But a new nation was rising to power. Far to the east were the kingdoms of Media and Persia. These two peoples had become one, and were at war with Babylon, under their great leader, Cyrus. While Beltshazzar was ruling in the city of Babylon, Cyrus and his Persian soldiers were on the outside, around the walls, trying to take the city. These walls were so great and high that the Persian soldiers could not break through them. But inside the city were many who were enemies of Beltshazzar and were friendly with Cyrus. These people opened the gates cf Babylon to Cyrus. At night he brought his army quietly into the city and surrounded the palace of King Beltshazzar. On that night King Beltshazzar was holding in the palace a great feast in honor of his god. On the tables were the golden cups and vessels that Nebuchadnezzar had taken from the Temple of the Lord in Jerusalem; and around the table were the king, his many wives, and a thousand of his princes and nobles. They did not know that their city was taken, and that their enemies were at the very doors of the palace.
While they were all drinking wine together suddenly a strange thing was seen. On the wall appeared a great hand writing letters and words that no one could read. Every eye was drawn to the spot, and all saw the fingers moving on the wall, and the letters written. The king was filled with fear. His face became pale and his knees shook. He called for the wise men of Babylon, who were with him in the palace, to tell what the writing meant. He said, "Whoever can read the words on the wall shall be dressed in a purple robe, and shall have a chain of gold around his neck, and shall rank next to King Beltshazzar as the third ruler in the kingdom." But not one of the wise men could read it, for God had not given to them the power. At last the queen of Babylon said to Beltshazzar, "O king, may you live forever! There is one man who can read this writing, a man in whom is the spirit of the holy gods, a man whom Nebuchadnezzar, your father, made master of all the wise men. His name is Daniel. Send for him, and he will tell you what these words are and what they mean."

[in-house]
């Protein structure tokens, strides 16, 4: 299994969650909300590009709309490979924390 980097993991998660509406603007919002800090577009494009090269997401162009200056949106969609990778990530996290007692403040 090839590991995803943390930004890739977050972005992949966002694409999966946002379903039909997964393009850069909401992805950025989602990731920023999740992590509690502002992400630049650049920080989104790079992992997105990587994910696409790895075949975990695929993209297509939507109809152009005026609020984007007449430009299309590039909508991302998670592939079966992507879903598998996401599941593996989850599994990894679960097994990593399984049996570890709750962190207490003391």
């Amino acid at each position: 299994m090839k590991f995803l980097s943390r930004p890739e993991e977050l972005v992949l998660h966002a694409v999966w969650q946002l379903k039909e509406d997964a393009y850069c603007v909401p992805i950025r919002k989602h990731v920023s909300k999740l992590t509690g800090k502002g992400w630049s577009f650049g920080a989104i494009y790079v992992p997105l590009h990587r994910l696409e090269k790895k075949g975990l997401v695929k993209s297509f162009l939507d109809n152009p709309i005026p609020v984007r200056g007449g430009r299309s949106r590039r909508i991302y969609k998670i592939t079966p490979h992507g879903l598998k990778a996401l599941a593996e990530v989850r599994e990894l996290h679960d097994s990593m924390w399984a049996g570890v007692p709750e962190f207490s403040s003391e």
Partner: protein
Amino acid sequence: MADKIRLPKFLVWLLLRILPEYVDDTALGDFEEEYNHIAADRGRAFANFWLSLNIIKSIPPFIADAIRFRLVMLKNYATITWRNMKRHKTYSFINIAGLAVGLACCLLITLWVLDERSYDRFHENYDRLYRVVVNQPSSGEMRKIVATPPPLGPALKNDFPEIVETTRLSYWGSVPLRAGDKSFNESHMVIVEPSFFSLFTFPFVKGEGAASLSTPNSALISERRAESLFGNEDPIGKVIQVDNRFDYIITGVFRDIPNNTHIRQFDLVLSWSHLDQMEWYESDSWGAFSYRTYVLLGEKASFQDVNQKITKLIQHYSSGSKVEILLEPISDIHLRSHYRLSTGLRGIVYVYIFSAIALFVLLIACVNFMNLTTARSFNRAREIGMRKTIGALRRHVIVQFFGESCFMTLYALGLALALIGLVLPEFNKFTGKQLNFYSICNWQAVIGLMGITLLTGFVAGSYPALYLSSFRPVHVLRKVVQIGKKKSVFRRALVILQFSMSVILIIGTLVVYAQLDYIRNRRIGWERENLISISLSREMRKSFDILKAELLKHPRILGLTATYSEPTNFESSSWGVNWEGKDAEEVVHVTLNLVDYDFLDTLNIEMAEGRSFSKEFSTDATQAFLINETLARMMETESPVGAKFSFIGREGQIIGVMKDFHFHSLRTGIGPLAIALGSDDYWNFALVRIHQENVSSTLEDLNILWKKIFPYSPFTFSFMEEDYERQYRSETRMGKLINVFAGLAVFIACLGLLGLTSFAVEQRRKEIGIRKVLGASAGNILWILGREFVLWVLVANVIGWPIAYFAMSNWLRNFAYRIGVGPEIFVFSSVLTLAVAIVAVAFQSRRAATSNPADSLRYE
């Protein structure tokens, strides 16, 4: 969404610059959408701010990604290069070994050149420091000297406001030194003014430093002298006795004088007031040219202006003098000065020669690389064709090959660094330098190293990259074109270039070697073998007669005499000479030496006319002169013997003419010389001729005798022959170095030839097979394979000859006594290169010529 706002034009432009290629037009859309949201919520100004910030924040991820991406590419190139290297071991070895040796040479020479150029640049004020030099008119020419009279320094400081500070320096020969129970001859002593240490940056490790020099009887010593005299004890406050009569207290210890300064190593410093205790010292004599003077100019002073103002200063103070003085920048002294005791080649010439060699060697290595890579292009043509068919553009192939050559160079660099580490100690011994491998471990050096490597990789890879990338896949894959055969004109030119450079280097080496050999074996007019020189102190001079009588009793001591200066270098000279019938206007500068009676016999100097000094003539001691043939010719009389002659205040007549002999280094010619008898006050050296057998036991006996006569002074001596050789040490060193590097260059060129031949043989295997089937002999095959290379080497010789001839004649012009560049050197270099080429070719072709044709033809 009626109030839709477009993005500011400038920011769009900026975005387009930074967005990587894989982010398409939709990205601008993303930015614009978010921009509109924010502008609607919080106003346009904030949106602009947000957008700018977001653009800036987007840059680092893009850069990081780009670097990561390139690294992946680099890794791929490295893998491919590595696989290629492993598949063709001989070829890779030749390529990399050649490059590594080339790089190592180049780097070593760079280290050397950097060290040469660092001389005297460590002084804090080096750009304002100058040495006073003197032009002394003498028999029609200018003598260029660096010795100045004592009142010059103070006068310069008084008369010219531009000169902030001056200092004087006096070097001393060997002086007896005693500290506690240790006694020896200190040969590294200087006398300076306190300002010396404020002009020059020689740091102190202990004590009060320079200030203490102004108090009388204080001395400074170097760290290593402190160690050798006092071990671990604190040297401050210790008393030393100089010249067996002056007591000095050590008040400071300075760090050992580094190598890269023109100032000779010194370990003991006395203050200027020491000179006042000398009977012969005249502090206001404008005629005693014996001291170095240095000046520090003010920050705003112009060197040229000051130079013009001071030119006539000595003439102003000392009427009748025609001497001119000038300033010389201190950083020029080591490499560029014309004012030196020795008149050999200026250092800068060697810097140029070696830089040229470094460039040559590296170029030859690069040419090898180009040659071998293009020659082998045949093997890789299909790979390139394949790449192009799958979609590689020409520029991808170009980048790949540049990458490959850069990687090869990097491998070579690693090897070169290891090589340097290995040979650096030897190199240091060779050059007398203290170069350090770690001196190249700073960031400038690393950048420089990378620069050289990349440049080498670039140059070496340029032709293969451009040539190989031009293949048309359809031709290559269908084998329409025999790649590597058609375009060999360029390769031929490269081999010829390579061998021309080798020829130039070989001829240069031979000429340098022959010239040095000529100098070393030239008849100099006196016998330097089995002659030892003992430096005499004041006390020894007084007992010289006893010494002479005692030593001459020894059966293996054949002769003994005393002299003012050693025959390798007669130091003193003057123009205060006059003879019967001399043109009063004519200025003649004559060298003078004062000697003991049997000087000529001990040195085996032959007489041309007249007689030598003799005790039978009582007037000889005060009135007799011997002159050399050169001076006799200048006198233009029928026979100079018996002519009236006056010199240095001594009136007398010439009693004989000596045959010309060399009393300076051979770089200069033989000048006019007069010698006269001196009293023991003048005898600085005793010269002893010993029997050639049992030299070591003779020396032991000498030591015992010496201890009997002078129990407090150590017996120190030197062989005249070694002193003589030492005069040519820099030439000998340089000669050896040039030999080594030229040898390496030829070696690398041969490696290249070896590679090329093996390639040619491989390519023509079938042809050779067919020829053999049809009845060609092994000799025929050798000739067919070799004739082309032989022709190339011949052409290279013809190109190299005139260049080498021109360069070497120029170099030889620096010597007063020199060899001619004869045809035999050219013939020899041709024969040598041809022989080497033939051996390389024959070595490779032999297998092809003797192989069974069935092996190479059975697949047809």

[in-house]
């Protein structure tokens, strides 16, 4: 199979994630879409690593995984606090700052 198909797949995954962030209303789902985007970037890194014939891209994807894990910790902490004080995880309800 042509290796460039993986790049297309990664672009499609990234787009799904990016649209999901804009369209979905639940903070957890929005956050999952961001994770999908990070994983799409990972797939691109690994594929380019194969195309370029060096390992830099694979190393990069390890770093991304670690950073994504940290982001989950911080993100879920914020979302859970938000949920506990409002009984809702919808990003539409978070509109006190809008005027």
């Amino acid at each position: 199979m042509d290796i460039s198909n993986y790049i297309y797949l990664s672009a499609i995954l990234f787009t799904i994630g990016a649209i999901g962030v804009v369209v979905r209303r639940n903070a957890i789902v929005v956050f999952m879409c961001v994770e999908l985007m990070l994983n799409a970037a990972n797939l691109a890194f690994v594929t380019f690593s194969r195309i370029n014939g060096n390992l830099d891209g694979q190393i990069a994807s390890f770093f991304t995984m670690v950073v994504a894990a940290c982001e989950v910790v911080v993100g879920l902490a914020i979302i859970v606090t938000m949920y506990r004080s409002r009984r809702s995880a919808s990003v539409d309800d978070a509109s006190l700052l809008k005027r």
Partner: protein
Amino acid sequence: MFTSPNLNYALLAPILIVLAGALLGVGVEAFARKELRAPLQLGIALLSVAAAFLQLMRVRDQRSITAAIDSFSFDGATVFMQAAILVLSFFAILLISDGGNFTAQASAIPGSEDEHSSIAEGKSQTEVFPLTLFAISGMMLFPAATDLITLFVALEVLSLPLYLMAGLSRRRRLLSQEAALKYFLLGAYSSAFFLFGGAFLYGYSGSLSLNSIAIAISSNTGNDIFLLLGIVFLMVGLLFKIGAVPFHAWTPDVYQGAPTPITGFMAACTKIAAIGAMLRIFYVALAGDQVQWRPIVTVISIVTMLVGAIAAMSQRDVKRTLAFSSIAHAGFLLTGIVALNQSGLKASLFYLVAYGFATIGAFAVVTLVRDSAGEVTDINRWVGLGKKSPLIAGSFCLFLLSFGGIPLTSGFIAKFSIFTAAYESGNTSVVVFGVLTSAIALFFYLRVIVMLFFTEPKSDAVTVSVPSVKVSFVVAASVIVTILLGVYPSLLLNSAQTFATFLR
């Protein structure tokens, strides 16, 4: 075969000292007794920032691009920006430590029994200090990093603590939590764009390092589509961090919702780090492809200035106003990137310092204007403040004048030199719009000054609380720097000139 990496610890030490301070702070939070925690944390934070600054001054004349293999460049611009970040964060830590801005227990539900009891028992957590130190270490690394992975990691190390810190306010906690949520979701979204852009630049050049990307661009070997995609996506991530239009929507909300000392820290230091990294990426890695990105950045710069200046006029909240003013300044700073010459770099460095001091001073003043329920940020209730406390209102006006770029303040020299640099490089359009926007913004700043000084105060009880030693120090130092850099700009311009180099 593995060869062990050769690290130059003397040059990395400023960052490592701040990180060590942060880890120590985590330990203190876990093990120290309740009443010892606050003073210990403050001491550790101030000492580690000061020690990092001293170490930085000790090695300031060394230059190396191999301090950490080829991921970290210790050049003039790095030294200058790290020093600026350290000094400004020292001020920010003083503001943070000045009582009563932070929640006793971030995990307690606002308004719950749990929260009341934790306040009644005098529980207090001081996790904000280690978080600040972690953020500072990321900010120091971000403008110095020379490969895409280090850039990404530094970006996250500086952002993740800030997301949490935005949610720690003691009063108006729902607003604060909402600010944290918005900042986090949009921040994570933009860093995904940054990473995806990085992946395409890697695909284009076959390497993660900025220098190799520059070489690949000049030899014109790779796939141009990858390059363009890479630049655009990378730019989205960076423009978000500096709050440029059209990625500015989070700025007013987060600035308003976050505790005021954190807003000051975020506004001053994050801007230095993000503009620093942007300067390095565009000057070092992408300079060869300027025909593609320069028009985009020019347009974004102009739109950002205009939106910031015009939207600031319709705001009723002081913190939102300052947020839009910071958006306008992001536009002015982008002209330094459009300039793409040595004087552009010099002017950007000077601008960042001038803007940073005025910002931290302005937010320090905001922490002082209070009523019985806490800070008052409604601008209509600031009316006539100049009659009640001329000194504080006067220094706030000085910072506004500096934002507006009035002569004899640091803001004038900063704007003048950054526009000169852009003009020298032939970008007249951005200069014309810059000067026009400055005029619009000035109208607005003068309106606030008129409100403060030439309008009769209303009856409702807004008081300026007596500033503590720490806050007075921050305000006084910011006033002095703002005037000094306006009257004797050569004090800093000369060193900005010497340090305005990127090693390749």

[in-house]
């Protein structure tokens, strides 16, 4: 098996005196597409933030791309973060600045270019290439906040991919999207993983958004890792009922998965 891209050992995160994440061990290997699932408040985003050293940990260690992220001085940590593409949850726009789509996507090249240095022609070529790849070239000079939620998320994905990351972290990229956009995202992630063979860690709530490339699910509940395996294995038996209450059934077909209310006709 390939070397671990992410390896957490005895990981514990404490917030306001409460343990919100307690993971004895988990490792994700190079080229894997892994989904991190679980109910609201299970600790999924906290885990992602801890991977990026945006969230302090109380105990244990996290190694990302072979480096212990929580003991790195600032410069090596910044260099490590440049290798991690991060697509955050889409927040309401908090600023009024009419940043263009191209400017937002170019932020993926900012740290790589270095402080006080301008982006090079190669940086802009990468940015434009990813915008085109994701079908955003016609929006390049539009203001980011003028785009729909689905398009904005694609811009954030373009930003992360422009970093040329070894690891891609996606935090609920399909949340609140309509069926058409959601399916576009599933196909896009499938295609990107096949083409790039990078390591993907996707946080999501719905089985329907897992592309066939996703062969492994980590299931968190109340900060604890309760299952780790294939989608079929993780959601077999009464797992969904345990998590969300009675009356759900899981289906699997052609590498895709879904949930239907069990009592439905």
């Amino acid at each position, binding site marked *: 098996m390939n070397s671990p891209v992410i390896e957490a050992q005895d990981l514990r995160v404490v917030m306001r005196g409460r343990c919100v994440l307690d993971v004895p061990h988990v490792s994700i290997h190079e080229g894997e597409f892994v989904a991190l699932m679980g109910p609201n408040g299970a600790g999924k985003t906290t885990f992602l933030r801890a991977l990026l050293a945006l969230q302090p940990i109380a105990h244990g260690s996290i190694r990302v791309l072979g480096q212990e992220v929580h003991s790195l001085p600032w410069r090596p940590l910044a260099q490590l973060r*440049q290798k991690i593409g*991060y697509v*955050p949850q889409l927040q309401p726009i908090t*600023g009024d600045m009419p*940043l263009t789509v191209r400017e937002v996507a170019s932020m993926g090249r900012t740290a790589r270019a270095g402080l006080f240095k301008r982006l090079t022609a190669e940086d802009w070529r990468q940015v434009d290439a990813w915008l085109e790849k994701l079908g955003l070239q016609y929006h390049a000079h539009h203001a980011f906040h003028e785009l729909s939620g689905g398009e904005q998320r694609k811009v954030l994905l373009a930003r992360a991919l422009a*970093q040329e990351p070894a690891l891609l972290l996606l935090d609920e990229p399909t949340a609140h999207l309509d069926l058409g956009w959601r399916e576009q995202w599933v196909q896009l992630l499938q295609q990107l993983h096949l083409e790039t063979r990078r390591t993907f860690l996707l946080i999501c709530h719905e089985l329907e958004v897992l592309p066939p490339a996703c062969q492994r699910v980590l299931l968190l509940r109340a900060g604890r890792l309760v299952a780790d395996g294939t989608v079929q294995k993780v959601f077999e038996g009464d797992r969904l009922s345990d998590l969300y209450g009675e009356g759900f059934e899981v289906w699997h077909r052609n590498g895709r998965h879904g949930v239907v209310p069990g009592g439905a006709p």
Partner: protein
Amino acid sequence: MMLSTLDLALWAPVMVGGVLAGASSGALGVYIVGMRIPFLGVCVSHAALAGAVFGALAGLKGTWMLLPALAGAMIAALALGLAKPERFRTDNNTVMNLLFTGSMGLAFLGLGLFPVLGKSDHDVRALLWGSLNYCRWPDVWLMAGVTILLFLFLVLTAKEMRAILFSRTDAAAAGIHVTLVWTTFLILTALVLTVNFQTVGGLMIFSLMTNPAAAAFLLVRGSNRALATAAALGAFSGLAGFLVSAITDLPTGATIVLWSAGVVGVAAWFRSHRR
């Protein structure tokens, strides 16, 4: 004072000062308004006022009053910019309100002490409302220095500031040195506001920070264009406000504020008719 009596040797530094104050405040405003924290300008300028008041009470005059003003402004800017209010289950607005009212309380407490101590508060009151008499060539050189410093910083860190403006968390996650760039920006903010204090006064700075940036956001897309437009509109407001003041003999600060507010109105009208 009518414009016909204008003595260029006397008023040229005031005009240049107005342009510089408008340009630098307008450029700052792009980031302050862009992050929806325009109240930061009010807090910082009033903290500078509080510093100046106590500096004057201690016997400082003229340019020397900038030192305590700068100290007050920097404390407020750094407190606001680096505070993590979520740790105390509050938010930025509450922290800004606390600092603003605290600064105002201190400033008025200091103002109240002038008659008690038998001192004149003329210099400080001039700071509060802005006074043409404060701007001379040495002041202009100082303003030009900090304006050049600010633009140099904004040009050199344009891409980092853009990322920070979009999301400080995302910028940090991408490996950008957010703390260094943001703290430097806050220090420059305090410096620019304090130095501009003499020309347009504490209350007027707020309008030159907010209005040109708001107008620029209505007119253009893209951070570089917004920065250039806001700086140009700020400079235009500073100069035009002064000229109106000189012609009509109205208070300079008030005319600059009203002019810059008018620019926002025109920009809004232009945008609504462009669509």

Daniel was now an old man; and since the time when Nebuchadnezzar died he had been no longer been in his high place as ruler and chief adviser of the king. They sent for Daniel, and he came. The king said to him, "Are you that Daniel who was brought many years ago by my father to this city? I have heard of you, that the spirit of the holy gods is upon you, and that you have wisdom and knowledge. If you can read this writing upon the wall, and tell me what it means, I will give you a purple robe, and a gold chain, and a place next to myself as the third ruler in the kingdom." And Daniel answered the king, "You may keep your rewards yourself, and may give your gifts to whom you please, for I do not want them; but I will read to you the writing. O king, the Most High God gave to Nebuchadnezzar this kingdom, and great power, and glory. But when Nebuchadnezzar became proud, and boasted of his greatness, then the Lord took from him his crown and his throne, and let him live among the beasts of the field, until he knew that the Most High God rules over the kingdoms of men. O Beltshazzar, you knew all this, yet you have not been humble in heart. You have risen up against the Lord, and have taken the vessels of his house, and have drunk wine in them in honor of your own gods of wood and stone; but you have not praised the Lord God who has given to you your kingdom and your power. For this reason God has sent this hand to write these words upon the wall. This is the writing, MENE, MENE, TEKEL, UPHARSIN. And this is the meaning, Numbered, Numbered, Weighed, Divided. "MENE: God has counted the years of your kingdom, and has brought it to an end. "TEKEL: You have been weighed in the balances, and have been found wanting. "UPHARSIN: Your kingdom is divided, and taken from you, and given to the Medes and the Persians."
King Beltshazzar could scarcely believe what he heard; but he commanded that the promised reward be given to Daniel. And almost while he was speaking his end came. The Persians and the Medes burst into his palace; they seized Beltshazzar and killed him in the midst of his feast. On that night the empire or great kingdom set up by Nebuchadnezzar came to an end. A new empire arose, greater than that of Babylon, called the Persian Empire. And in the place of Beltshazzar, Cyrus, the commander of the Persians, made an old man named Darius king until the time when he was ready to take the kingdom for himself. This empire of Persia was the third of the world kingdoms of which we read in the Bible. The first was the Assyrian kingdom, having Nineveh for its capital. This was the kingdom that carried the Ten Tribes of Israel into captivity. The second was the Babylonian or Chaldean kingdom, which carried the Jews into captivity. And the third was the Persian kingdom, which lasted two hundred years, ruling all the lands named in the Bible.